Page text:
Oct. 12, 2010
-- This collection of more than 200 sculptures will make up part of an extraordinary -- and functional -- work of art for an underwater museum exhibit off the coast of Mexico. Known as The Museo Subacuático de Arte de Cancún (MUSA), this project is designed to be an engaging attraction for both tourists and sea creatures alike.
Founded by Jaime Gonzalez Cano, director of Isla Mujeres National Park, and Roberto Diaz Abraham, president of the Cancun Nautical Association, this underwater sculpture exhibit will also serve as an artificial coral reef. The project is intended to alleviate pressure on nearby natural reefs by drawing the attention of the hundreds of thousands of tourists that arrive every year to the national park. The sculptures are found at the National Marine Park (Parque Nacional Costa Occidental de Isla Mujeres, Punta Cancún and Punta Nizuc) on the northeast coast of the Yucatán Peninsula.
James deCaires Taylor, the British sculptor responsible for creating the entire collection of statues, used real subjects to craft the wide variety of faces and expressions. The subjects range in age, size and occupation. Above, we see a statue of an 85-year-old nun named Rosario.
There are already 350 sculptures anchored within this underwater museum. By the time the project is finished, 400 statues will make up the artificial coral reef. Made with a special cement, sand and fiberglass, each piece must be carefully lowered from the surface to the sea floor about 10 meters (33 feet) below.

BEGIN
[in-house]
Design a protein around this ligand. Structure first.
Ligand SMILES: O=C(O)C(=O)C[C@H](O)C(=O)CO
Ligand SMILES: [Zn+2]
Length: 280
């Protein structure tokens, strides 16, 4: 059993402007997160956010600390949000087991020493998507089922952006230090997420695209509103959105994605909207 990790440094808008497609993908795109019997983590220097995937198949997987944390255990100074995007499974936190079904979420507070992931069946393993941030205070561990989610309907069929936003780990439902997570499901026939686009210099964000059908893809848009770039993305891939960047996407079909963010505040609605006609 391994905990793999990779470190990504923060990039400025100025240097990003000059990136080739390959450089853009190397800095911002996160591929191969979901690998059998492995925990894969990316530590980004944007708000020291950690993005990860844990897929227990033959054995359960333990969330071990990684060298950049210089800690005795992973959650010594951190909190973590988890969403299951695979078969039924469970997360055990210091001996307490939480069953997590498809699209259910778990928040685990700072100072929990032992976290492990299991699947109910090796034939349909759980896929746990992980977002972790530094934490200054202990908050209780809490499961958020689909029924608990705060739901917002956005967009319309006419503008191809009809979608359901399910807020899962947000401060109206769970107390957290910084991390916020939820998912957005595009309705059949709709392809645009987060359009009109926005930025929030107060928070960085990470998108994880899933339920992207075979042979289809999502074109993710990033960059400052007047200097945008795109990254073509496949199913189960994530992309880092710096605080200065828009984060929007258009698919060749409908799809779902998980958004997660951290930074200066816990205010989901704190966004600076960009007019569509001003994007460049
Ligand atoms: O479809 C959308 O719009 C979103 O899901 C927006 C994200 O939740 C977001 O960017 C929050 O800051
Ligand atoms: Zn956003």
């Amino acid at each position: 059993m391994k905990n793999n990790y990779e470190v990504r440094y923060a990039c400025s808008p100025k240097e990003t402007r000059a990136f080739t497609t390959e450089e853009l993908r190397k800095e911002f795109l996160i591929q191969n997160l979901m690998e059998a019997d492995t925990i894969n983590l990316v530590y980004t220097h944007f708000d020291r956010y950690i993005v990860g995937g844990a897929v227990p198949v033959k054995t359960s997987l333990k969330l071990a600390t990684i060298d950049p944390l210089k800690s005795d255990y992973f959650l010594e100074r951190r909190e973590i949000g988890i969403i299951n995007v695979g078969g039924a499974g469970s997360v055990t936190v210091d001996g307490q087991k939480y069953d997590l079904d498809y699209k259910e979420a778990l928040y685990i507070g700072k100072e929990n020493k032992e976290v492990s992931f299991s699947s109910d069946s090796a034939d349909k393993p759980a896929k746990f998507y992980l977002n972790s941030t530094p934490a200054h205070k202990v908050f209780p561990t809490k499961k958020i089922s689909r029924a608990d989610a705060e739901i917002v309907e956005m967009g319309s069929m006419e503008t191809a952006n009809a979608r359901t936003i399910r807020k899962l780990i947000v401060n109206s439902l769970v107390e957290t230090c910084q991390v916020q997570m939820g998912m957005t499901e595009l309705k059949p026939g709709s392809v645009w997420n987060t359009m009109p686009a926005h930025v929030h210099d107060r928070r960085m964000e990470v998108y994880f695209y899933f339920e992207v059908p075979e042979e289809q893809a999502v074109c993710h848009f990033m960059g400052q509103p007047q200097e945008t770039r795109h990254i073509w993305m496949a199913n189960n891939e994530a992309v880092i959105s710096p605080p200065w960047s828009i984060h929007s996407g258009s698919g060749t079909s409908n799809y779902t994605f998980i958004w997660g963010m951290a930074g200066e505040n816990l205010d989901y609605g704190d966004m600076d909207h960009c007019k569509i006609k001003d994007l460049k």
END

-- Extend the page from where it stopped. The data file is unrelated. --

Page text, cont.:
A fusion of science and art, this collection underscores the interplay between humans and the environment. This sculpture, called "Hombre en Llamas" ("Man on Fire"), was cast from a local Mexican fisherman. "(The man is) on fire yet unaware of his situation, highlighting our dependence on -- and overuse of -- our limited natural resources," Taylor noted. Man on Fire was one of the first three sculptures installed in the exhibit in November 2009.
The artist chose human subjects for his collection to highlight mankind's interaction with nature in a positive light. This sculpture, "El Coleccionista de los Sueños Perdidos" ("The Archive of Lost Dreams"), depicts a male record-keeper who maintains an underwater archive. Below his desk are bottled filled with messages. "(The letters) document contemporary values and aspirations for future generations to discover," Taylor explained.
Once completed, the work will become one of the largest -- and certainly one of the most ambitious -- artificial underwater attractions worldwide. The total exhibit will cover an area of over 4,500 square feet and weigh nearly 200 tons. This sculpture is known as "La Jardinera de la Esperanza" ("The Gardener of Hope"). Located four meters (13 feet) below the surface, the figure of a young girl is surrounded by potted plants, which are actually coral. The status is symbolic of revitalization and offers a symbol for future generations.
The team is currently working to install the last sculptures before the exhibit's grand opening. The museum's complete underwater exhibit officially opens Nov. 27. Once all of the sculptures have been installed, local and international artists will take over for the final phase of the project, adding their own touches to the exhibit as well as hosting special events.